Posts Tagged ‘Nevilles’

5
Sep

5 SEPTEMBER 1451

   Posted by: Dorothea Preis    in Events in History

Birth of Isabel Neville, elder daughter of Richard Neville, 16th Earl of Warwick (‘The Kingmaker’), and Anne Beauchamp at Warwick Castle.

She married on 11 July 1469 George, duke of Clarence, Edward IV’s younger and Richard’s older brother.  Edward was against the marriage, so it took place in secret at Calais and was conducted by Isabel’s uncle George Neville, archbishop of York.

Isabel died on 22 December 1476, leaving behind two children, Margaret (born in 1473) and Edward (born 1475).

Both descendants were eventually executed by the Tudors.

Tags: , ,

26
Jul

26 JULY 1469

   Posted by: Lawrence Osborn    in Events in History

Battle of Edgecote Moor (actually Danes Moor in Northamptonshire), a battle of the Warwick Rebellion.

In the North, one of the captains of Richard Neville, 16th Earl of Warwick (“The Kingmaker”), calling himself Robin of Redesdale (actually a trusted Neville captain, Sir William Conyers) started a rebellion against Edward IV, which was supported by Warwick and George, Duke of Clarence, brother of Edward IV and Richard III.  Edward IV was at Nottingham, where he hoped to meet up with Humphrey Stafford, Earl of Devon, and William Herbert, Earl of Pembroke.

Apparently Devon and Pembroke quarreled on the way, with Pembroke continuing on his own, encountering the rebels near Banbury.  Pembroke, his brother Sir Richard Herbert as well as Richard Woodville, Earl Rivers (Elizabeth Woodville’s father), and his son John were taken prisoner and executed on Warwick’s orders without trial.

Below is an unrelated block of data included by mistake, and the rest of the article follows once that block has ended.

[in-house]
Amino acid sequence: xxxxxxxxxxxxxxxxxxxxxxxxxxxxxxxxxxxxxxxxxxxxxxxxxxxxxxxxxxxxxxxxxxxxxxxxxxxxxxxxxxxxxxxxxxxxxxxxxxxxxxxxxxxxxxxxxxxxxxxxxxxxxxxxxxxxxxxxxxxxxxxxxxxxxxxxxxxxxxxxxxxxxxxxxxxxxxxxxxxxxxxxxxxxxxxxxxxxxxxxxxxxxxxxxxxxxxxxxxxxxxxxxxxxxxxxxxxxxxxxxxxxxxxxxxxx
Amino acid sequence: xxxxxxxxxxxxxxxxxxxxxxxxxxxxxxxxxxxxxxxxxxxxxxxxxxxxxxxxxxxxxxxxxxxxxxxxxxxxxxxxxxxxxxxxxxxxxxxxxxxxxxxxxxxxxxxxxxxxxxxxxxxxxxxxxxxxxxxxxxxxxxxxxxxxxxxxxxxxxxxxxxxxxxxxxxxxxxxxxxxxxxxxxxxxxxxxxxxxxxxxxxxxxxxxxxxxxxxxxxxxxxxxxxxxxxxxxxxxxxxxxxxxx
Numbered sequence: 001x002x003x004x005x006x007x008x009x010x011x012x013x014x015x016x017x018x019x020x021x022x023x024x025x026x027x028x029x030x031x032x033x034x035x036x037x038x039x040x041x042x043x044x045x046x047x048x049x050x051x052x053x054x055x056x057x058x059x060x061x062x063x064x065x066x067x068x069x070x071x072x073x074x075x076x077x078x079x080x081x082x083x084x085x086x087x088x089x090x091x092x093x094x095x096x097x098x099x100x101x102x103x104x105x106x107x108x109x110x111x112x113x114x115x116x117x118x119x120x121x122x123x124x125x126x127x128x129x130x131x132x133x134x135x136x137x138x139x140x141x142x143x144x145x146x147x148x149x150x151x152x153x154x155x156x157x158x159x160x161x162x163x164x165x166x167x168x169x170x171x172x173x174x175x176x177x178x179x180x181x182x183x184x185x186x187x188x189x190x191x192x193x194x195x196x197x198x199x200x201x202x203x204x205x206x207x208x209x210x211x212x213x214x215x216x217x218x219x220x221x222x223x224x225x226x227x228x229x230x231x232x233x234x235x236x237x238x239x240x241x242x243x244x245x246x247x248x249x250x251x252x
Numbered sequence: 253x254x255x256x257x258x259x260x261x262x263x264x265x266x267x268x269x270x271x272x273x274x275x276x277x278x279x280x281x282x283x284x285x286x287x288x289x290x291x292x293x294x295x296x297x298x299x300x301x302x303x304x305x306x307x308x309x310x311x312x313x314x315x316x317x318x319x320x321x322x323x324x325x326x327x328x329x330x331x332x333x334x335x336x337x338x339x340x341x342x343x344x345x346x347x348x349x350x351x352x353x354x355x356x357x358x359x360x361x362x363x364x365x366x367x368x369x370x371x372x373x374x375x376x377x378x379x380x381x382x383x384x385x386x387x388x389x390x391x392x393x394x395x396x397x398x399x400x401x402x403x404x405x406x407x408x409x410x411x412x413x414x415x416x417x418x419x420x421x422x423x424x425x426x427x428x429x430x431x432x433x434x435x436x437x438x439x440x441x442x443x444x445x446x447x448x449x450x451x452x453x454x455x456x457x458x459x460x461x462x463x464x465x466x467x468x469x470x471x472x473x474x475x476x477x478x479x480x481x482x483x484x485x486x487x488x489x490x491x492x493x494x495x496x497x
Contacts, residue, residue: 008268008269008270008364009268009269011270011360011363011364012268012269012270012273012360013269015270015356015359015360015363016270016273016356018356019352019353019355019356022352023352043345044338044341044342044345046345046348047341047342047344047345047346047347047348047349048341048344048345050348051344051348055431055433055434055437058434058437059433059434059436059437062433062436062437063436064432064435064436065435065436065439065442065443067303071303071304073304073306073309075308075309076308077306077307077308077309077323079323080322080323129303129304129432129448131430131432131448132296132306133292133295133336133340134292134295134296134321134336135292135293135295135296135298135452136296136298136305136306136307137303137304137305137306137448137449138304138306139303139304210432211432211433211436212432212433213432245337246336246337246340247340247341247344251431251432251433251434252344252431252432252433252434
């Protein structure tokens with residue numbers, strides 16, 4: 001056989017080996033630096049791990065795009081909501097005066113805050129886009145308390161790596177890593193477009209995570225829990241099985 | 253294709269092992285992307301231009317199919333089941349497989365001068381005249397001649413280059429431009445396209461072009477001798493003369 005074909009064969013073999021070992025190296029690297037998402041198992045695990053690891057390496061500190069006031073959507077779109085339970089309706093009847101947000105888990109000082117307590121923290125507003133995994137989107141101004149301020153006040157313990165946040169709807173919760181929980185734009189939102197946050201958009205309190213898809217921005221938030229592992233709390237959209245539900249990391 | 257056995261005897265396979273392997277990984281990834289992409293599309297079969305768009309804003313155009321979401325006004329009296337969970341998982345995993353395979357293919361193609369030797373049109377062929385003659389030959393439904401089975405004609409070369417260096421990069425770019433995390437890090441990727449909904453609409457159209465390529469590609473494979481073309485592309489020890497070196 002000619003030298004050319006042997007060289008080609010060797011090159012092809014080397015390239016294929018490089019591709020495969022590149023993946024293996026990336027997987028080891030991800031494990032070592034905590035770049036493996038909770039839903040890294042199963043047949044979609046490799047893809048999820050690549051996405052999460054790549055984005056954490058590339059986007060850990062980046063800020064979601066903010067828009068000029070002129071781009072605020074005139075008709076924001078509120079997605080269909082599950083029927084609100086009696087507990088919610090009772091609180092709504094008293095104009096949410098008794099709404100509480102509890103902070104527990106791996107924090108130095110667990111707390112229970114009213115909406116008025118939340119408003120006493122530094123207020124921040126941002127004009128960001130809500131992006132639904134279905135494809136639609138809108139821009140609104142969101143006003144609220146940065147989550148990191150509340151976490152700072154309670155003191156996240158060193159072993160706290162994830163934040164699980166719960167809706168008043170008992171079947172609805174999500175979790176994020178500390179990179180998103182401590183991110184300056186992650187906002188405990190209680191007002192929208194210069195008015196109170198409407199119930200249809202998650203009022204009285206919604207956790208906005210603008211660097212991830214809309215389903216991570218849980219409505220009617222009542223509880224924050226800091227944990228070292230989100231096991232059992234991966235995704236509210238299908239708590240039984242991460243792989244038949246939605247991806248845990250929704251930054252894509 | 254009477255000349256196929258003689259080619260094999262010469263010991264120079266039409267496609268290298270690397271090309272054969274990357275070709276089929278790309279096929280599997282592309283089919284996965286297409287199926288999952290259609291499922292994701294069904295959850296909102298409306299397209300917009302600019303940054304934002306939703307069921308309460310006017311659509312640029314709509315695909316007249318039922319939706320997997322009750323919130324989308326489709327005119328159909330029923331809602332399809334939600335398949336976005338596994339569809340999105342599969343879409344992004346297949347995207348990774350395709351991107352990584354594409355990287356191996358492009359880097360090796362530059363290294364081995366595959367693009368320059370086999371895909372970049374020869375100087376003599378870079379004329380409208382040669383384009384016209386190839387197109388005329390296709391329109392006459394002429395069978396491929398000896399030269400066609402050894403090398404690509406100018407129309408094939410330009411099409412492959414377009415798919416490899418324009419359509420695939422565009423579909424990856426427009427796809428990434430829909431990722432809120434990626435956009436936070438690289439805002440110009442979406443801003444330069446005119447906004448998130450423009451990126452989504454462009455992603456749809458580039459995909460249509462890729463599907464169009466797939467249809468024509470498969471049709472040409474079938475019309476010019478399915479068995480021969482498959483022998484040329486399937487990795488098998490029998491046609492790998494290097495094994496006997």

Tags: , ,

14
Jul

14 JULY 1471

   Posted by: Lawrence Osborn    in Events in History

Richard, Duke of Gloucester, receives all the lands in Yorkshire and Cumberland, which had belonged to Richard Neville, Earl of Warwick, from his father’s side.

Bibliography:  “Richard of Gloucester’s Rise to Power:  Creations, titles, privileges, grants and estates acquired 1461 – 1483“,  The Richard III Foundation.

Tags: ,

12
Jul

12 JULY 1469

   Posted by: Lawrence Osborn    in Events in History

Marriage of George, Duke of Clarence (brother of Edward IV and Richard III), to Isabel Neville, elder daughter of Richard Neville, 16th Earl of Warwick (‘The Kingmaker’), and Anne Beauchamp, at Calais.  The ceremony took place in secret, as King Edward IV, had explicitly forbidden the marriage.  It was conducted by George Neville, Archbishop of York.

Tags: ,

2
Jul

2 JULY 1460

   Posted by: Lawrence Osborn    in Events in History

Richard Neville, Earl of Salisbury, his son Richard Neville, Earl of Warwick, and Edward Earl of March (son of the Duke of York, later Edward IV) return from Calais, where they had fled after the Battle of Ludford Bridge (12 October 1459) to invade England in June 1460.  On 2 July they are in control of London, except for the Tower.

The illustration on the left shows Richard Neville, Earl of Warwick, as depicted in the Rous Roll.

Tags: ,

30
Dec

Battle of Wakefield

   Posted by: Lawrence Osborn    in Events in History

Battle of Wakefield

Battle of Wakefield

The Battle of Wakefield was fought on 30 December 1460 in West Yorkshire.  Richard Plantagenet, 3rd Duke of York, and Edmund, Earl of Rutland, father and brother of Edward IV and Richard III, were killed.  Also killed was Richard Neville, 5th Earl of Salisbury.  Their heads were stuck on poles and displayed over Micklegate Bar, York, the Duke wearing a paper crown.

For a thorough analysis of the battle read Helen Cox, The Battle of Wakefield Revisited:  A Fresh Perspective on Richard of York’s Final Battle, December 1460. You can read more on Helen’s website here.

And for visitors we recommend:  Helen Cox, Walk Wakefield 1460:  A Visitor Guide to Battle-Related Sites